Friday, July 01, 2005

[MDGs] Poverty will kill two million children : UN


Over the next decade, two million children will die, 40 million people will be without safe drinking water, and five million children will be forced out of school if current trends continue in 14 countries across Asia and the Pacific that are among the world’s least developed, a UN report said today.

Better access to international markets could prevent this, said the report from United Nations Development Program.The grim forecasts in the UNDP report sought to focus attention on countries ranging from Afghanistan and Nepal to Bangladesh and Samoa. Experts say these countries are often ignored amid spotlights on African poverty and the image of a new prosperity sweeping Asian nations like China and India.

“It seeks to explode a certain myth – that Asia is a happening place,” said Paranjoy Guha Thakurta, a consultant to the report. “The objective is to draw the attention of the international community toward these 14 least developed countries that are often ignored… I’m not saying: Ignore Africa. I’m saying: Do not ignore Asia.”

The report, which was released ahead of the Group of Eight summit of industrialised nations to be held in Scotland next week, suggested the removal of import duties and other trade restrictions against these countries to help them fight poverty.The UN report, released in New Delhi, said the 14 countries – Afghanistan, Bangladesh, Bhutan, Cambodia, Kiribati, Lao People’s Democratic Republic, Maldives, Burma, Nepal, Samoa, Solomon Islands, East Timor, Tuvalu and Vanuatu - accounted for some 260 million people.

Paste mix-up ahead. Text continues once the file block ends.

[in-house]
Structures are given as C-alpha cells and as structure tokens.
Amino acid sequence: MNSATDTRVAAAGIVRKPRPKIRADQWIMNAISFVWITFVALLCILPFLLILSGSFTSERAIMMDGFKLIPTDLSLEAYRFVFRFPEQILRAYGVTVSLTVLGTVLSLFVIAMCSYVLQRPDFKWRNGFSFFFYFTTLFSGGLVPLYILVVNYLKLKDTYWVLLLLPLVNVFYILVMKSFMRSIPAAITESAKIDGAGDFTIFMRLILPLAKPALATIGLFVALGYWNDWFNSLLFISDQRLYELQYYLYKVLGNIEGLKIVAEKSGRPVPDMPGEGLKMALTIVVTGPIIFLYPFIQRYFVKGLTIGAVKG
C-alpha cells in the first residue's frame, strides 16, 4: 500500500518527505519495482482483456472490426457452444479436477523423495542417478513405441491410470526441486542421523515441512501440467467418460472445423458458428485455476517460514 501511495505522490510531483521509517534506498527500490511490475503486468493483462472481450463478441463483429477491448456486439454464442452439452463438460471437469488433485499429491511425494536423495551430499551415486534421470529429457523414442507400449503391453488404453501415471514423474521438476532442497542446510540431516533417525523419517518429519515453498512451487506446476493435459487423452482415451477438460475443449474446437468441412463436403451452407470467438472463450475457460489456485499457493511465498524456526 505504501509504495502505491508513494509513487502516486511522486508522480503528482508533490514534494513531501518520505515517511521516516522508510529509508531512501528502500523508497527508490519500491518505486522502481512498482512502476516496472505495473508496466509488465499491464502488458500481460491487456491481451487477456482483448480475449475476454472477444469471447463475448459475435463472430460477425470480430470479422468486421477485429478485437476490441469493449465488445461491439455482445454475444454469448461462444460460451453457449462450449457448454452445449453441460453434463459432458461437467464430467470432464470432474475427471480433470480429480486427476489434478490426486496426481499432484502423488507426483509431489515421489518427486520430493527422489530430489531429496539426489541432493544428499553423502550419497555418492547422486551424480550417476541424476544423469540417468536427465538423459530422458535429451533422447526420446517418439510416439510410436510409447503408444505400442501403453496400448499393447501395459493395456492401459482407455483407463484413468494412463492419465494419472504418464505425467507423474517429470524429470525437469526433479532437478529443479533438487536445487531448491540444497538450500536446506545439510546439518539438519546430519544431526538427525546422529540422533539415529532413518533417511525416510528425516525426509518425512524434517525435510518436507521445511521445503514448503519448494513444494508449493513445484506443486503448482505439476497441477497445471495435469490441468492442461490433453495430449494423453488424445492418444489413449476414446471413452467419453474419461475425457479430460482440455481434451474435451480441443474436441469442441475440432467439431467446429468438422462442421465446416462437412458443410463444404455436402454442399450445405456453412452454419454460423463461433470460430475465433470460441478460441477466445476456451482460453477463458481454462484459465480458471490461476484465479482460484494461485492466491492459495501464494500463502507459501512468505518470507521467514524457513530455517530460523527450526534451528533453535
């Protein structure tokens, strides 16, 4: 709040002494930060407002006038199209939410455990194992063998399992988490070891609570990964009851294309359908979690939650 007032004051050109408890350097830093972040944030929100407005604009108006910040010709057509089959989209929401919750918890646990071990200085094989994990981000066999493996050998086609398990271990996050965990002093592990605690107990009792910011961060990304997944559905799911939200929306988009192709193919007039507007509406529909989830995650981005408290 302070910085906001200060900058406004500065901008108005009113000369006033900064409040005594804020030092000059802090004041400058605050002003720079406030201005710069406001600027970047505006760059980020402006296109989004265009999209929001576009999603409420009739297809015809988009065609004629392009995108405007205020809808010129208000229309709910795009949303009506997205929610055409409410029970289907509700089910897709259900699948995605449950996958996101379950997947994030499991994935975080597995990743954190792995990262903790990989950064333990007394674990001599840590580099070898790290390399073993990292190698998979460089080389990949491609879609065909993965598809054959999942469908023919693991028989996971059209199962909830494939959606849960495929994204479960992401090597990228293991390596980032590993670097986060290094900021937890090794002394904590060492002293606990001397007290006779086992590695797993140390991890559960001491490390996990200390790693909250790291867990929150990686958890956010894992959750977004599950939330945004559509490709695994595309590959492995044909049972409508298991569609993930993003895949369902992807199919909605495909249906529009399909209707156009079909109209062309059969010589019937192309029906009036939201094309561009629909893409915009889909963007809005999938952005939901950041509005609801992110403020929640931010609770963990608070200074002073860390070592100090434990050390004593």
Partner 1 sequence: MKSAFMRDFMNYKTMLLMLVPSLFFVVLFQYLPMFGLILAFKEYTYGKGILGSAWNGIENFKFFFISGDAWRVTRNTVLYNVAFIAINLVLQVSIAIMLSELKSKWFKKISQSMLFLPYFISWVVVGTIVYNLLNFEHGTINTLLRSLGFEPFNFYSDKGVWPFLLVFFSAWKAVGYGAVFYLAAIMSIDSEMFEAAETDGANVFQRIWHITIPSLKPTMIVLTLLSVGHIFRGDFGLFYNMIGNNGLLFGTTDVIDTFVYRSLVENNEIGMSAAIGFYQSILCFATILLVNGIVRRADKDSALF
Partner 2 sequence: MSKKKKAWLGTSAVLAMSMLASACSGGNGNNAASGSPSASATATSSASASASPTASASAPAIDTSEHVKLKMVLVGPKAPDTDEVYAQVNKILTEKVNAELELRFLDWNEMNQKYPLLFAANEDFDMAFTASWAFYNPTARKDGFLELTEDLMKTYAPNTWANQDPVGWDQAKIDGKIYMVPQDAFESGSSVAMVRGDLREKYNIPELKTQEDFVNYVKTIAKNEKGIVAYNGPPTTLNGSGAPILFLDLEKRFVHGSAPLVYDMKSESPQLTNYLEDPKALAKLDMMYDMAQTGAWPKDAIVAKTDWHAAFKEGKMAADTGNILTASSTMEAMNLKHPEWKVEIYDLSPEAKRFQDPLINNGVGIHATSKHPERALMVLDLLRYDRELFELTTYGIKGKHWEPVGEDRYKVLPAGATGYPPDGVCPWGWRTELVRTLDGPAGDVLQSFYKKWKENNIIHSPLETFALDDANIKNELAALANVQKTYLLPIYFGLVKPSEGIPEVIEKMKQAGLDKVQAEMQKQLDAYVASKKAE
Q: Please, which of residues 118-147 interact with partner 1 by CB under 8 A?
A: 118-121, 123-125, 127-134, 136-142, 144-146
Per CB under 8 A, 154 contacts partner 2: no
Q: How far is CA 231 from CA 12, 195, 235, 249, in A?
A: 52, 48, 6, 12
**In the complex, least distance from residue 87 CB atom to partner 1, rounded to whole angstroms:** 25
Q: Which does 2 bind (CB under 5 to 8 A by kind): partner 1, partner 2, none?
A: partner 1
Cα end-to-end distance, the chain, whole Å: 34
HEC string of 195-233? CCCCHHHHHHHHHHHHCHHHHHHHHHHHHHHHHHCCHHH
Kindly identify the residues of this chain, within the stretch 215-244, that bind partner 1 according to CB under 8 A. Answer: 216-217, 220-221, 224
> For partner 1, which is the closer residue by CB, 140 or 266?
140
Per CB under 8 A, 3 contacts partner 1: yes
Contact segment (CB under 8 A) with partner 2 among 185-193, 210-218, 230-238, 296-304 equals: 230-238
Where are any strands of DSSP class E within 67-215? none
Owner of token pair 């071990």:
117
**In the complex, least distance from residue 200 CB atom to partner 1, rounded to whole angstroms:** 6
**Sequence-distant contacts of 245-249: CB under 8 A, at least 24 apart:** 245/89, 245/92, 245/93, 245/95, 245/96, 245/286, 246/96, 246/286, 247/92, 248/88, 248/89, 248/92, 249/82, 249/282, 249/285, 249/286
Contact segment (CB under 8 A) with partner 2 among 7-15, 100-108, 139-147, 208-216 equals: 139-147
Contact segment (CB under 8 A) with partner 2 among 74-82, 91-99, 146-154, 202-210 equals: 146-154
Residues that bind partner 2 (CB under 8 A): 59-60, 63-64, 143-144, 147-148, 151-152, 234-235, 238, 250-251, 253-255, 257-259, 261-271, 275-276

The report highlighted the contrasts in the Asia-Pacific region, where it said the poorest nations were often ignored because faster growing nations made the continent’s overall development averages look good.“China and India, together accounting for nearly 40% of the world’s population and ranking among the fastest-growing countries, account for most of this progress,” the report said. “Due to the tyranny of averages, the relatively poor performance of the Asia-Pacific least developed countries gets overshadowed.”

The document painted a grim picture of these nations: Afghanistan’s forests are likely to be gone in 20 years, and in Bangladesh, about half of all citizens aged 15-24 will be illiterate in 2015.“The dynamism of Asia represents both a challenge and an opportunity. It could increase inequalities that contribute to growing tensions,” the report said.As a solution, it suggested import tariffs be removed for products from these countries, where most exports are labour-intensive and bigger sales would help workers directly.

© Thomas Crosbie Media, 2005.